Forsling has played 574 minutes with Aaron Ekblad this year, 285 with Ekman-Larsson, and over 40 minutes with each of Brandon Montour, Niko Mikkola, and Dmitri Kulikov. His lowest CF% is with Ekblad at 56.2%, with Montour, it is at 70%, and with Mikkola and Kulikov, it’s over 60% with both. It doesn’t matter who he plays with, they control the play.

At 27, and 375 career games played, he will hit his breakout threshold (for defencemen) at the start of the 2024-25 season. Forsling could be a sleeper to hit 50 points if he signs with a team that utilizes him on the power play.  With hits and blocks creeping over 100 per season, Forsling is emerging as a really solid multi-cat option.

I’ve already started to buy Forsling (now own him in two pools). He just needs a team to give him a bigger opportunity in prime offensive situations.

Fantasy Hockey Analysis of Tom Wilson, LW, Washington Capitals

After averaging a 55-point pace over the last five years, Wilson finds himself in a seemingly endless slump and on pace for 37 points.

He’s been a multi-cat stud since 2017-18. At age 29, I’m convinced this is a down season, not a reflection of Wilson falling off a cliff. Look no further than the majority of his teammates who are also having down years, offensively.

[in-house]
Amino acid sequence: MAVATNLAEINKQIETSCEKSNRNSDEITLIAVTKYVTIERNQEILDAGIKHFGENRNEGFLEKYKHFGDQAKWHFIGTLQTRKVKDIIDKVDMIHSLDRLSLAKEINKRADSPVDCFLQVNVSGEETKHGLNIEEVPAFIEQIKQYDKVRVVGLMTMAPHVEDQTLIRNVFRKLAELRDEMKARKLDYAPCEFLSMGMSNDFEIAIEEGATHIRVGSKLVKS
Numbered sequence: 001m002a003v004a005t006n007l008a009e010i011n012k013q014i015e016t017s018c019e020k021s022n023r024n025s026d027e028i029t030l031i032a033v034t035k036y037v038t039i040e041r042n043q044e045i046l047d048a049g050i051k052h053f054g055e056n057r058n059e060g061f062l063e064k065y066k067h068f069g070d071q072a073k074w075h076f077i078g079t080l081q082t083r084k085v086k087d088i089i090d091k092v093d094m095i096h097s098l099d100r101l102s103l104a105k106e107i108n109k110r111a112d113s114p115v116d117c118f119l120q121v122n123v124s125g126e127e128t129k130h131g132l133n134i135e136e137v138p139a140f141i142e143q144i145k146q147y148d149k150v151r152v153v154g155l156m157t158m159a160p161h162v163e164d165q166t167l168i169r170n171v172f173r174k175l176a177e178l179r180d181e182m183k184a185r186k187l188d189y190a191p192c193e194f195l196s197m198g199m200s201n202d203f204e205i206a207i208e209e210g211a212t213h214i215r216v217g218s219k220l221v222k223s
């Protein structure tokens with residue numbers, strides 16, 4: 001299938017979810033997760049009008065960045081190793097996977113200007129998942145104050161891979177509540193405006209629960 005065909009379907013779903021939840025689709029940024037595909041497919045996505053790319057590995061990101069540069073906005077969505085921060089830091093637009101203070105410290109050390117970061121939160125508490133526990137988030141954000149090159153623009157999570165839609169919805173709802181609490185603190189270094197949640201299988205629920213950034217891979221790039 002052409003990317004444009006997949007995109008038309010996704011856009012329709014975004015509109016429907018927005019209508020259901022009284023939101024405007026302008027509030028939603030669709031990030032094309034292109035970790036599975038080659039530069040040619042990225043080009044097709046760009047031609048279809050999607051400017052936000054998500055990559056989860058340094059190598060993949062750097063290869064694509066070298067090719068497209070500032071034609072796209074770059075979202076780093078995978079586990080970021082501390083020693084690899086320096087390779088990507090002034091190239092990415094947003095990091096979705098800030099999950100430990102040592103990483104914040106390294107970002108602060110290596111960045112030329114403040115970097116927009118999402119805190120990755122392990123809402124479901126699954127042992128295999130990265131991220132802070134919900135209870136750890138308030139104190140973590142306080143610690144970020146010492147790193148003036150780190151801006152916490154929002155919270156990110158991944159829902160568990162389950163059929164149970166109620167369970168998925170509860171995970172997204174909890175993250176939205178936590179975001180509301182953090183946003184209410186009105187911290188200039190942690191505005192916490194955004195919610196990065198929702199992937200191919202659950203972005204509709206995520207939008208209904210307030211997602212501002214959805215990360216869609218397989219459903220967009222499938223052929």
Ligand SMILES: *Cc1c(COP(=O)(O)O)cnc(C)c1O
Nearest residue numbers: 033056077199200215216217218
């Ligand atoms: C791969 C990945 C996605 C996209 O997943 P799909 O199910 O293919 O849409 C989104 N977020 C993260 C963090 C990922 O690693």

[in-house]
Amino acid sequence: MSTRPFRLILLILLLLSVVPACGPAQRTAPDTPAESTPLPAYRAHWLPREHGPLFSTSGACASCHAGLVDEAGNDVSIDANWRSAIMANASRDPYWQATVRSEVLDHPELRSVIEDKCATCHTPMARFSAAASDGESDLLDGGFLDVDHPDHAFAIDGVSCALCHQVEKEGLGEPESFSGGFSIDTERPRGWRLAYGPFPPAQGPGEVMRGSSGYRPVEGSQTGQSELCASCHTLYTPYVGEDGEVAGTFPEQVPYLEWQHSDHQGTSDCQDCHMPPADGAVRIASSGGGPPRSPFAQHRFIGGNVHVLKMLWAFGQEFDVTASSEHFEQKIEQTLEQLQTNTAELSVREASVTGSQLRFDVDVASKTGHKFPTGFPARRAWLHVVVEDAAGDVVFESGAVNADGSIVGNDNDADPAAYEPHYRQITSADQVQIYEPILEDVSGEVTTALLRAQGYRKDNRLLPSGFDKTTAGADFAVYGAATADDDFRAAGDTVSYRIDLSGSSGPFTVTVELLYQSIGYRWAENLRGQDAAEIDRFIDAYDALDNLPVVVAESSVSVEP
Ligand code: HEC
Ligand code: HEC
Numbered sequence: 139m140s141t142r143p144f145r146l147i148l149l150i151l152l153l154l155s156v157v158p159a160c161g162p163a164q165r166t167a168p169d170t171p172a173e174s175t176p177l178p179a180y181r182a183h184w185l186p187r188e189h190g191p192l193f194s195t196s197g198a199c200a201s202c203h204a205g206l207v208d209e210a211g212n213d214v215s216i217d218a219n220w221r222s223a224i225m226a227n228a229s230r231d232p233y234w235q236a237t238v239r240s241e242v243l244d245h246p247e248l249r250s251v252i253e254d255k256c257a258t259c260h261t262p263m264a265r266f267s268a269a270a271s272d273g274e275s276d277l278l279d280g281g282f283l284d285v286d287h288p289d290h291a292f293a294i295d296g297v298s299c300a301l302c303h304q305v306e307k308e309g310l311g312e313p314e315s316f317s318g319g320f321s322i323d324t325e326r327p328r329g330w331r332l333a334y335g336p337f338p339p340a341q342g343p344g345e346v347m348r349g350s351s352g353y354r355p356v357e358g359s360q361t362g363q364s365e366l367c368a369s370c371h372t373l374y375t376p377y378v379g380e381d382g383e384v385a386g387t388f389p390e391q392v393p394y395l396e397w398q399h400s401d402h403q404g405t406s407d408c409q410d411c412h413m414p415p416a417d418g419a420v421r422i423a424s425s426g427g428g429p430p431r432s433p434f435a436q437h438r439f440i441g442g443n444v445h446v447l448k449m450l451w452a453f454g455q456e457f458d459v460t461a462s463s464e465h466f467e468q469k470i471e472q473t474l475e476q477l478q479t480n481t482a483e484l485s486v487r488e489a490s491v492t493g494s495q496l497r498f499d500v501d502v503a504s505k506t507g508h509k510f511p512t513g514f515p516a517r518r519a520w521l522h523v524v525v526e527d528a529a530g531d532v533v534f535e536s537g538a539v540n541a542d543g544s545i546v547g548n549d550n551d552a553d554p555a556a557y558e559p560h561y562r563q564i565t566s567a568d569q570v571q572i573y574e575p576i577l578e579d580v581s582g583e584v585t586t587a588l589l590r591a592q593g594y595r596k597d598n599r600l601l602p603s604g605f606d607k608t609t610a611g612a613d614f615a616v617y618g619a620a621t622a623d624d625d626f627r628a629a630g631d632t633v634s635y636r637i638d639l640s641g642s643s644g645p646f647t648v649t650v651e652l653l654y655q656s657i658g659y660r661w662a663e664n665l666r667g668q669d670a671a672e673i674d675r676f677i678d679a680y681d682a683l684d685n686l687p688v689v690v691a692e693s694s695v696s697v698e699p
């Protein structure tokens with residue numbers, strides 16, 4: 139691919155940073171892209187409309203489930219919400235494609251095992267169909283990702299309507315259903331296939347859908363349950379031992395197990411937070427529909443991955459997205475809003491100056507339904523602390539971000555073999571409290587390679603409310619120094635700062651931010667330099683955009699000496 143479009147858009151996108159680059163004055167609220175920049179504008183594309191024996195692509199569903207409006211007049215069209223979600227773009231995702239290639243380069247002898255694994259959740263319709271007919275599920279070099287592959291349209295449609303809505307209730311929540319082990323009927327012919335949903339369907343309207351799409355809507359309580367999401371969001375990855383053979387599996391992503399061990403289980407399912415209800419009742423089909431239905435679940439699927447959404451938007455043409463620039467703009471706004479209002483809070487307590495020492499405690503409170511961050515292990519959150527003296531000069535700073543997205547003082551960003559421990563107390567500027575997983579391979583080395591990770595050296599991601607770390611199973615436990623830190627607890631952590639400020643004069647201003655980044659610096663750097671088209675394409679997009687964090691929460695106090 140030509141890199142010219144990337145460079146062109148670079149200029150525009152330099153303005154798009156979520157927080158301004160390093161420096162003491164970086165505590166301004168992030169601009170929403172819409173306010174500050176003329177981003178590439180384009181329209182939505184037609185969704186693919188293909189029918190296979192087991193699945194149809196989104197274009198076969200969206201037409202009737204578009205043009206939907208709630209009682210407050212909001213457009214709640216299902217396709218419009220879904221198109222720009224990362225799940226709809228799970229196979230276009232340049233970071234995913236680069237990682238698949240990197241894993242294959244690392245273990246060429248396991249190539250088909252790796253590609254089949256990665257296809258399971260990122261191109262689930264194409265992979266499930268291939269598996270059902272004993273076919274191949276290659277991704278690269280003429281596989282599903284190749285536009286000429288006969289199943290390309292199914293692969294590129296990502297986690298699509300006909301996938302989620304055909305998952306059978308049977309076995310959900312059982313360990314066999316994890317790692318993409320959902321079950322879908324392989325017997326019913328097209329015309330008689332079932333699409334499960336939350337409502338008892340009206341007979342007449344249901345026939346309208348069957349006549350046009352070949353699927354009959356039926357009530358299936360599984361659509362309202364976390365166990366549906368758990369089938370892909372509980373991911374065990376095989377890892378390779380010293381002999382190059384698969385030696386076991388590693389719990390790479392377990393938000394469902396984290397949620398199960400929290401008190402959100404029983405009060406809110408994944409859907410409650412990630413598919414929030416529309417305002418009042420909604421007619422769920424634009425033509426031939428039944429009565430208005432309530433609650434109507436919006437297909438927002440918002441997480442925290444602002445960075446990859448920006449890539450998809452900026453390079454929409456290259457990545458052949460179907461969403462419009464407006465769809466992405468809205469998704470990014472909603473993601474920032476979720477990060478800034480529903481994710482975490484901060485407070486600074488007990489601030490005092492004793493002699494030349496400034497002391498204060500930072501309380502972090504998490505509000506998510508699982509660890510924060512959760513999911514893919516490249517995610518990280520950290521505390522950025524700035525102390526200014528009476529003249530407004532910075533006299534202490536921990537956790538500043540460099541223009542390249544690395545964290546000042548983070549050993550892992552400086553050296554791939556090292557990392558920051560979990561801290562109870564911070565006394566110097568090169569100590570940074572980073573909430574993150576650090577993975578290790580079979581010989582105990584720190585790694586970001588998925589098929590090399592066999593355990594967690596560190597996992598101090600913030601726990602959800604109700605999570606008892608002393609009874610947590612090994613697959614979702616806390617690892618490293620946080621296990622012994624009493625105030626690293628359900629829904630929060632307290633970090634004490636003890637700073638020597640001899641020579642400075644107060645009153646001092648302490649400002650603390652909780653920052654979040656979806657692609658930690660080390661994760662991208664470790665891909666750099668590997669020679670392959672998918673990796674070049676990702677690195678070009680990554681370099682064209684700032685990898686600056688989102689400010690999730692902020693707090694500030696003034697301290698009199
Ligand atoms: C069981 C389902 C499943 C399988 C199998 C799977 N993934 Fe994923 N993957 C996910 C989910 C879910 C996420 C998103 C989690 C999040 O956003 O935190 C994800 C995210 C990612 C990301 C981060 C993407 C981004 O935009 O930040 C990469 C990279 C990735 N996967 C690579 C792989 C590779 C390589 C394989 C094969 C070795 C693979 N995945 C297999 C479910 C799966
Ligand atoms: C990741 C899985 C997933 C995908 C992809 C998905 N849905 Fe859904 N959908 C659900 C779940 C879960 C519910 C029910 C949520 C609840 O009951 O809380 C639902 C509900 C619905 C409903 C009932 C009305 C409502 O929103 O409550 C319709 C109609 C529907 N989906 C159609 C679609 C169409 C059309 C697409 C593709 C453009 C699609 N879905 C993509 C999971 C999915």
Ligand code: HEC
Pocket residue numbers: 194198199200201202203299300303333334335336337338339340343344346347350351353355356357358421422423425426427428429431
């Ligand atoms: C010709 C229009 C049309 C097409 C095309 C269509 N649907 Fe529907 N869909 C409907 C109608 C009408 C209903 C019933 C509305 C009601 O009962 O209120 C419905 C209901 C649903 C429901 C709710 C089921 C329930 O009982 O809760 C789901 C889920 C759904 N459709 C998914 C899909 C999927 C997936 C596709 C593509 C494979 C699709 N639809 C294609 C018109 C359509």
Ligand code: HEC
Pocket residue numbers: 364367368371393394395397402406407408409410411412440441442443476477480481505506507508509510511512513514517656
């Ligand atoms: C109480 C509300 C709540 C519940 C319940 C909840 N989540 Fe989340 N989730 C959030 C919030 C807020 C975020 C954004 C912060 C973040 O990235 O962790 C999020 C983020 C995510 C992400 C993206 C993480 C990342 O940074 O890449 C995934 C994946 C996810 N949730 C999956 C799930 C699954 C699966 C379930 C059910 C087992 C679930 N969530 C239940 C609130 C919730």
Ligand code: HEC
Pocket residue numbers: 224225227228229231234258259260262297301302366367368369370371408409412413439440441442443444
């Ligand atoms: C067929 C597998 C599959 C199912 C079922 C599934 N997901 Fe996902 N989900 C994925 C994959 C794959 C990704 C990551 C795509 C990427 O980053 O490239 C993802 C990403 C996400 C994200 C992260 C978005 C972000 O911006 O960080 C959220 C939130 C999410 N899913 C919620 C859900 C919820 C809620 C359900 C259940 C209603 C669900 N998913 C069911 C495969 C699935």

With five points in 2024 (17 games), things haven’t gone Wilson’s way this year, and they don’t seem to be improving.

Let’s be honest though, you don’t own Wilson because he scores a ton or puts up a bunch of points. The 55-point potential is just the icing on the cake. Few players in this league provide annual peripheral totals like Wilson.

You can close your eyes and know, with confidence, that Wilson will give you two shots per game, three (or more) hits per game, and break 100 penalty minutes. The fact that a banger like Wilson also receives two minutes a game on the power play, and has notched three 20-goal seasons makes him stand out.

It doesn’t take a lights-out point streak to get Wilson back on track to reach career averages.

His hits per game (3.11) are the highest they have been in five seasons (3.72 in 2019-20). His shots on goal per game (2.33) and average power play time on ice (2:17), are the second-highest of his career.

So what gives? A shooting percentage (9.8%), six percent lower than his average over the last three seasons doesn’t help. Neither does an ice-cold Alex Ovechkin, who he has spent 51% of his ice time with. His five-on-five shooting percentage is half of his average over the last six years.

His CF% is 49.4%, while not great, is directly in line with previous years. It looks as though Wilson and the Capitals have been victims of a lot of bad puck luck.

There could be a strong final quarter for Wilson, although, I hesitate to buy in on that statement.

Our real concern should be his peripheral value. That is all on target to meet expectations. We can live with a down offensive season as long as he continues crunching opponents into the boards and continues to chalk up time in the ‘sin bin.’

There should be a couple more seasons at a 55-point pace in line for Wilson. We need to ride the wave and not panic.

That’s all for this week. Thanks for reading.

Follow me on X (Twitter): @doylelb4